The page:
|Turfpath: a mobile-social app for grass lovers photo: © Golf Girl Media|
Now to me, that sounds a bit like, well, a golf course... and if you happen to be a golfer who owns a home in a continental climate zone, chances are you often spend spring, summer and autumn torn between the competing demands of your lawn and your game.
Just as area courses begin open for the season's first rounds, a plethora of spring lawn care tasks present themselves; raking, liming, over seeding, fertilizing ... and pulling up those perennial dandelions. It all must be done if you want to maintain decent lawn, and if you do, you'll inevitably find yourself sacrificing some of your early rounds and practice sessions for days of utilitarian yard work.
Other days you'll hit the course, which has hopefully been aerated, top dressed, nourished, trimmed and spruced-up for spring. Good golf course maintenance makes early season playing a pleasure, but the vivid, lushness can also provoke some serious "lawn lust" because let's face it, we all want our lawns to look like our golf courses, right? It's even been said that today's lawn care industry was actually born in the Spring of 1967 with the first technicolor broadcast of the Masters, when suburban America saw Augusta National, in its verdant glory, for the first time.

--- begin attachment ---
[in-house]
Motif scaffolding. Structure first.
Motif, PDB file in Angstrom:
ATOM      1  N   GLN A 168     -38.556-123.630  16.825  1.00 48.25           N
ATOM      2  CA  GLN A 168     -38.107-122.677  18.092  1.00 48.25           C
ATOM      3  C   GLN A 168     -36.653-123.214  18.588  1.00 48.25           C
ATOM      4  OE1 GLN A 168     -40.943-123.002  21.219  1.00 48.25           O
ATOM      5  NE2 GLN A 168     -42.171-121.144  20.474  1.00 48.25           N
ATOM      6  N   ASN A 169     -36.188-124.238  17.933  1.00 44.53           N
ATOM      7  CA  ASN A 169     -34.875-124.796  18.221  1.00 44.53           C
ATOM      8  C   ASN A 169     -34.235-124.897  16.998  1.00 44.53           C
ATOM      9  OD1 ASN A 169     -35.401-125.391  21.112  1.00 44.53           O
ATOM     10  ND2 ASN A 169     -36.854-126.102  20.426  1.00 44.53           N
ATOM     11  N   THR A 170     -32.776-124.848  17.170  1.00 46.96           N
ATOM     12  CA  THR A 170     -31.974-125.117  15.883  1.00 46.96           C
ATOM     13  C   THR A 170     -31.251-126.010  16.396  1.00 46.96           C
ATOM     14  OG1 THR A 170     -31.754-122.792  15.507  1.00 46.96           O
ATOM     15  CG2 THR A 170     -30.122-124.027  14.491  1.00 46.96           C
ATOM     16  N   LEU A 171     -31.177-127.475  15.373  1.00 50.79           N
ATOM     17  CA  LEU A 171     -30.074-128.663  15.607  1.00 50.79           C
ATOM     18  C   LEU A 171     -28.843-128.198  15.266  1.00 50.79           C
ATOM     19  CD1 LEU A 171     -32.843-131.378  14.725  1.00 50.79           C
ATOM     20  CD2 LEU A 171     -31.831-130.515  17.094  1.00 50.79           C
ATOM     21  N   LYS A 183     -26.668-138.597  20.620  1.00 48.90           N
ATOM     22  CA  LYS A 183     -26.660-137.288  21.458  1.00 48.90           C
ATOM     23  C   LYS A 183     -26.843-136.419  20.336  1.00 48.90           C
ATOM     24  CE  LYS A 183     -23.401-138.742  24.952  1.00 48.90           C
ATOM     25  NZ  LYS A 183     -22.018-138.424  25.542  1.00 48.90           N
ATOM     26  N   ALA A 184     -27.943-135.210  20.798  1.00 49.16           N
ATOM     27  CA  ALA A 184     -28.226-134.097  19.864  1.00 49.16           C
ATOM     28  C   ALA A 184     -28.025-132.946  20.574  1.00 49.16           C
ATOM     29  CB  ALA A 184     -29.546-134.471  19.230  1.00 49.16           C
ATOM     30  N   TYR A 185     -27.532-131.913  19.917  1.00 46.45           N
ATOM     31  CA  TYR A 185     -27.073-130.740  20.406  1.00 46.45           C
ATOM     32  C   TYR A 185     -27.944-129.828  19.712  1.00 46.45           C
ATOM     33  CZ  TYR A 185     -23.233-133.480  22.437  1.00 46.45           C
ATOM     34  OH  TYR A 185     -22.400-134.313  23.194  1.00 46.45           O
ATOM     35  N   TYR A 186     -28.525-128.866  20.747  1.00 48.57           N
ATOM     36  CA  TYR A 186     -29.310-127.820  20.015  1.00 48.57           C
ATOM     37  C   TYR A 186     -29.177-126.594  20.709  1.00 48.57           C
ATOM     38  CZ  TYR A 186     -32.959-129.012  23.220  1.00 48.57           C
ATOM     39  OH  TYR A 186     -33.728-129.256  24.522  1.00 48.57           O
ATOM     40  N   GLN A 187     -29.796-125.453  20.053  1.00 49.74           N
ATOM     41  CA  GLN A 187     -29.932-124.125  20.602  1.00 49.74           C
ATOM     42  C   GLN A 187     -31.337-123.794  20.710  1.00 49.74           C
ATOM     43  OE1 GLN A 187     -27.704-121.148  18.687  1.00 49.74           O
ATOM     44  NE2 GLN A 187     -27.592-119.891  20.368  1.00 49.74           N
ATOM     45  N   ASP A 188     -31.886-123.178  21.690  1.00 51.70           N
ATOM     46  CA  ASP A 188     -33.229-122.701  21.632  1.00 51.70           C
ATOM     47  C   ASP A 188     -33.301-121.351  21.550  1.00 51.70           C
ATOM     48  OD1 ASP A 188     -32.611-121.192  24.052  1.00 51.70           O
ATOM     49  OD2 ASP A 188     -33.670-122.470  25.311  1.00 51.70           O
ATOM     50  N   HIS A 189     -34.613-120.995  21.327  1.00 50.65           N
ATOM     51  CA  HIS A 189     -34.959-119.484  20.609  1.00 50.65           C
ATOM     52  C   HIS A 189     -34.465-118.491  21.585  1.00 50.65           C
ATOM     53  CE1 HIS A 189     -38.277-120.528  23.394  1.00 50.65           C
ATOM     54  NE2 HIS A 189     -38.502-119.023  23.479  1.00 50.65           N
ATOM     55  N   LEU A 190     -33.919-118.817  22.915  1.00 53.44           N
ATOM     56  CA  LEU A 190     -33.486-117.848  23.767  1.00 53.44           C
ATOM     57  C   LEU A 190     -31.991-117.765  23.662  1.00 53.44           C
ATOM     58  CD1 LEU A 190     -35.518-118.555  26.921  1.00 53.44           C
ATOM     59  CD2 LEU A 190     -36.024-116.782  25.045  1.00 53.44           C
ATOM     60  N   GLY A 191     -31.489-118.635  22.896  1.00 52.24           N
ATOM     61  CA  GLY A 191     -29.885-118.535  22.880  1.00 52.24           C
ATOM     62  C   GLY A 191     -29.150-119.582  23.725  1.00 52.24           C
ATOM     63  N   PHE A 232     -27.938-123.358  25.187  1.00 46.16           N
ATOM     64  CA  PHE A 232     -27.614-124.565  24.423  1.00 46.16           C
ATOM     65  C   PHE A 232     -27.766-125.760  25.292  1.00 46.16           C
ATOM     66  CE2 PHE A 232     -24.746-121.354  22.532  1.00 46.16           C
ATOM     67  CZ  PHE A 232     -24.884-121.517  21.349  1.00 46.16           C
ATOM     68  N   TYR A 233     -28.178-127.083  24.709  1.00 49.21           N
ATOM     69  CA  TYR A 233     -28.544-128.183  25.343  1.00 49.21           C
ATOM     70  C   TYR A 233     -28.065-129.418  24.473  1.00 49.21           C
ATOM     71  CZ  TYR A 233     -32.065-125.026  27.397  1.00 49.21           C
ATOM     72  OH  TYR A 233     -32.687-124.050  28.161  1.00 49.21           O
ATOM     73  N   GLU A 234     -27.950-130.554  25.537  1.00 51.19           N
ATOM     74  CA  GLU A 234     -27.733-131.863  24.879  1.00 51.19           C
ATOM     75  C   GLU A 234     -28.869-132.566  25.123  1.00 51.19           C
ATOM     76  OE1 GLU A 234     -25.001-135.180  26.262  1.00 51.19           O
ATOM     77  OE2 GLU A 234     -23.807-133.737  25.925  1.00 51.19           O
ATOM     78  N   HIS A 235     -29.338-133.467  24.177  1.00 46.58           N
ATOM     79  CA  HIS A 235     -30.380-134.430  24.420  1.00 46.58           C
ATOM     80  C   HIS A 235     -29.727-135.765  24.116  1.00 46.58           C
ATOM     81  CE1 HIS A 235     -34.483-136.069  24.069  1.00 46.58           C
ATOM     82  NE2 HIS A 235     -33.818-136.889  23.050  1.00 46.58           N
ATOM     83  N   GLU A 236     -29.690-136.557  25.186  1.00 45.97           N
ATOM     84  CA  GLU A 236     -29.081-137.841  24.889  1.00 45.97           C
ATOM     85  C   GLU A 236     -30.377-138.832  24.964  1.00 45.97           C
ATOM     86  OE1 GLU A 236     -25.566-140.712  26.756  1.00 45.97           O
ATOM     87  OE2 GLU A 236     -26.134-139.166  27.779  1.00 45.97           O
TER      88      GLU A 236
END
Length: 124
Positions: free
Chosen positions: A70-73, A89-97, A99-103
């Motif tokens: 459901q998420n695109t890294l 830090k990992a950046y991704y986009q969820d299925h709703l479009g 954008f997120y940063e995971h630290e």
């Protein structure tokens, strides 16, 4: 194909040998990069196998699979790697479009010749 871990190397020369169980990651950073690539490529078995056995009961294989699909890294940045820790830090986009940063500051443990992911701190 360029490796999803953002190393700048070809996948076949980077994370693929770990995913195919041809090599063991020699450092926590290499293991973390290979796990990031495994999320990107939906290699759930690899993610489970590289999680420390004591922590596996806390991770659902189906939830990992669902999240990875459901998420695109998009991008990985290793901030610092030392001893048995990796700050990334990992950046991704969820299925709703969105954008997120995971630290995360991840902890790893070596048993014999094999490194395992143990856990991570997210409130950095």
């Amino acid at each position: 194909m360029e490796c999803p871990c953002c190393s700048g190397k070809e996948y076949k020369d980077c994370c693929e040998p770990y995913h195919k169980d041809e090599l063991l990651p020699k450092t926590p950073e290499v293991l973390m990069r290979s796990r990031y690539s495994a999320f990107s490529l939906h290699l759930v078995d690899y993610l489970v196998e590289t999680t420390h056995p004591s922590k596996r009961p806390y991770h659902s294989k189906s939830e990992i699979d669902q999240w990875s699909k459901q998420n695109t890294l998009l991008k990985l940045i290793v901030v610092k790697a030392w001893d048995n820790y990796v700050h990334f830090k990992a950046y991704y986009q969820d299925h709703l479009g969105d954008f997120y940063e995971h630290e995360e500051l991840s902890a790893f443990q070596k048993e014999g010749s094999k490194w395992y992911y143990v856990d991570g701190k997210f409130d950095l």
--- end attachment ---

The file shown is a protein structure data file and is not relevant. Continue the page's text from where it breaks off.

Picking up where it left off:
|Now available at the Google Play and iTunes app stores|
Created by John Kaminski, an associate professor at Penn State (and a multi-faceted renaissance man) who understood a couple of years ago that a mobile social network would be a stellar way to allow anyone with interest in growing grass... anywhere in the world... to connect and exchange information.
The app features a growing gallery of images and descriptions of the various weeds, diseases and insects that can be problematic for grass growers. Turfgrass professionals, golf course superintendents, landscapers and lawn-lusting suburban home owners can then add to the galleries with their own photos and information, and can exchange ideas on how to control these turf trouble-makers and prevent future infestations. The app will also contain live, geo-specific infestation alerts.
Adding to the social factor is a system of points and badges one can earn for posting, sharing information and interacting with others. I happen to be one of those golf-loving, lawn-lusting suburbanites I described earlier, so I downloaded the app this morning and I've already identified a couple of the annoying weeds that have recently appeared on my lawn.. and gotten some eco-friendly advice on how to handle them.
I'm pretty sure Turfpath will soon be one of my favorite and most frequently used apps and I'm guessing I may have a greener lawn and a better golf game by the end of this summer.